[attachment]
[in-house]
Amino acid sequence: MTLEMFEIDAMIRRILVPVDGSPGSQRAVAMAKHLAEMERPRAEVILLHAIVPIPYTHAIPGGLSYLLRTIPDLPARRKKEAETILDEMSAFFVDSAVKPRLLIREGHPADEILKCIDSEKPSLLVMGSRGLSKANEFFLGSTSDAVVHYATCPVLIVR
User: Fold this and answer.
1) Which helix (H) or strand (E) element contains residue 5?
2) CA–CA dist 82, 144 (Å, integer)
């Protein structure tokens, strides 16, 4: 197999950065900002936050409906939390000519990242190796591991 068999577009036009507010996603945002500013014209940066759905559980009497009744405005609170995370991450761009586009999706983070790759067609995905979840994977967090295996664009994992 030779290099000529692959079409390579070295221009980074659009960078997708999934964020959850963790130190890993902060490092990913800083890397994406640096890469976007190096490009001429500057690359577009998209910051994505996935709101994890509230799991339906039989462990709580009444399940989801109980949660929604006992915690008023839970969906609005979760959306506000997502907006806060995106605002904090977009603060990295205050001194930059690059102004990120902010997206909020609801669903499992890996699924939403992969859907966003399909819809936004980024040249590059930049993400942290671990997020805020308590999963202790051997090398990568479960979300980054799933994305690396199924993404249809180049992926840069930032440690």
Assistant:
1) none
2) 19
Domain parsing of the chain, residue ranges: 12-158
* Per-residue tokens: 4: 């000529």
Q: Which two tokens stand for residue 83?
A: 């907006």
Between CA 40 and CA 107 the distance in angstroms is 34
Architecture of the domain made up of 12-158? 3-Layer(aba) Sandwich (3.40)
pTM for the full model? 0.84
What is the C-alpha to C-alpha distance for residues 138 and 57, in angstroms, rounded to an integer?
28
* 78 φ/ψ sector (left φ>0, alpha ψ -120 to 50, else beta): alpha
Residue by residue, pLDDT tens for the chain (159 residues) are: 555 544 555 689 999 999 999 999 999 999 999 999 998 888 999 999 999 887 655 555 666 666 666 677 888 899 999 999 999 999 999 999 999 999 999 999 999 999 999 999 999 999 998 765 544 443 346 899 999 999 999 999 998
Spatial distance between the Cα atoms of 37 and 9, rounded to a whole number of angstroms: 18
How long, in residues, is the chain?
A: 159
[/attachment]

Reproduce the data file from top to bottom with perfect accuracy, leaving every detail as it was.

[in-house]
Amino acid sequence: MTLEMFEIDAMIRRILVPVDGSPGSQRAVAMAKHLAEMERPRAEVILLHAIVPIPYTHAIPGGLSYLLRTIPDLPARRKKEAETILDEMSAFFVDSAVKPRLLIREGHPADEILKCIDSEKPSLLVMGSRGLSKANEFFLGSTSDAVVHYATCPVLIVR
User: Fold this and answer.
1) Which helix (H) or strand (E) element contains residue 5?
2) CA–CA dist 82, 144 (Å, integer)
């Protein structure tokens, strides 16, 4: 197999950065900002936050409906939390000519990242190796591991 068999577009036009507010996603945002500013014209940066759905559980009497009744405005609170995370991450761009586009999706983070790759067609995905979840994977967090295996664009994992 030779290099000529692959079409390579070295221009980074659009960078997708999934964020959850963790130190890993902060490092990913800083890397994406640096890469976007190096490009001429500057690359577009998209910051994505996935709101994890509230799991339906039989462990709580009444399940989801109980949660929604006992915690008023839970969906609005979760959306506000997502907006806060995106605002904090977009603060990295205050001194930059690059102004990120902010997206909020609801669903499992890996699924939403992969859907966003399909819809936004980024040249590059930049993400942290671990997020805020308590999963202790051997090398990568479960979300980054799933994305690396199924993404249809180049992926840069930032440690």
Assistant:
1) none
2) 19
Domain parsing of the chain, residue ranges: 12-158
* Per-residue tokens: 4: 């000529």
Q: Which two tokens stand for residue 83?
A: 């907006």
Between CA 40 and CA 107 the distance in angstroms is 34
Architecture of the domain made up of 12-158? 3-Layer(aba) Sandwich (3.40)
pTM for the full model? 0.84
What is the C-alpha to C-alpha distance for residues 138 and 57, in angstroms, rounded to an integer?
28
* 78 φ/ψ sector (left φ>0, alpha ψ -120 to 50, else beta): alpha
Residue by residue, pLDDT tens for the chain (159 residues) are: 555 544 555 689 999 999 999 999 999 999 999 999 998 888 999 999 999 887 655 555 666 666 666 677 888 899 999 999 999 999 999 999 999 999 999 999 999 999 999 999 999 999 998 765 544 443 346 899 999 999 999 999 998
Spatial distance between the Cα atoms of 37 and 9, rounded to a whole number of angstroms: 18
How long, in residues, is the chain?
A: 159